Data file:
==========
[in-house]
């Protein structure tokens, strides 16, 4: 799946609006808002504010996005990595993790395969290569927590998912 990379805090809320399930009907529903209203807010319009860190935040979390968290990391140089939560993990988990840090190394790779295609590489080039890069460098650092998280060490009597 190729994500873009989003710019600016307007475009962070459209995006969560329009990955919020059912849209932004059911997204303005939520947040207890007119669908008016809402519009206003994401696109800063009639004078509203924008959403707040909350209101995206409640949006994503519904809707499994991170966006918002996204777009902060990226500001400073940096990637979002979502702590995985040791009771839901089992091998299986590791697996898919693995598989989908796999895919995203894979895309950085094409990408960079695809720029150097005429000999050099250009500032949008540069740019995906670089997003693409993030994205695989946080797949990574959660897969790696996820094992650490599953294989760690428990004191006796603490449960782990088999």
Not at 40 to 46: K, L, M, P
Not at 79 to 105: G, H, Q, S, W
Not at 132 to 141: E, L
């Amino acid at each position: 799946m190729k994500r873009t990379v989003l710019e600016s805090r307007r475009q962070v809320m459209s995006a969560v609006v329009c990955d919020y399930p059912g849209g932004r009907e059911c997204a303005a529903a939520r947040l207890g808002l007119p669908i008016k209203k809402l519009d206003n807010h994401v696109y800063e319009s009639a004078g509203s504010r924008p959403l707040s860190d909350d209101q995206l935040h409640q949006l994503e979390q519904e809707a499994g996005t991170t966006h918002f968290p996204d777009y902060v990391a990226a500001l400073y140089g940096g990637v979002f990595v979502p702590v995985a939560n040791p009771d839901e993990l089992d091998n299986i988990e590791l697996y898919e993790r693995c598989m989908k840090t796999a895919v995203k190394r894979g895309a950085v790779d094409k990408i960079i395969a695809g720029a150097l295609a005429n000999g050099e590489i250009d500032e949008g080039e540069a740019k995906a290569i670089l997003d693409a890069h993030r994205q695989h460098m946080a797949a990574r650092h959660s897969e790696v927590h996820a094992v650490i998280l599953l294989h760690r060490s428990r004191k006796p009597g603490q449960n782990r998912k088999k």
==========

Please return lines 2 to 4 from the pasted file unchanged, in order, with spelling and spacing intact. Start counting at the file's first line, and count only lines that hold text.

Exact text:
């Protein structure tokens, strides 16, 4: 799946609006808002504010996005990595993790395969290569927590998912 990379805090809320399930009907529903209203807010319009860190935040979390968290990391140089939560993990988990840090190394790779295609590489080039890069460098650092998280060490009597 190729994500873009989003710019600016307007475009962070459209995006969560329009990955919020059912849209932004059911997204303005939520947040207890007119669908008016809402519009206003994401696109800063009639004078509203924008959403707040909350209101995206409640949006994503519904809707499994991170966006918002996204777009902060990226500001400073940096990637979002979502702590995985040791009771839901089992091998299986590791697996898919693995598989989908796999895919995203894979895309950085094409990408960079695809720029150097005429000999050099250009500032949008540069740019995906670089997003693409993030994205695989946080797949990574959660897969790696996820094992650490599953294989760690428990004191006796603490449960782990088999």
Not at 40 to 46: K, L, M, P
Not at 79 to 105: G, H, Q, S, W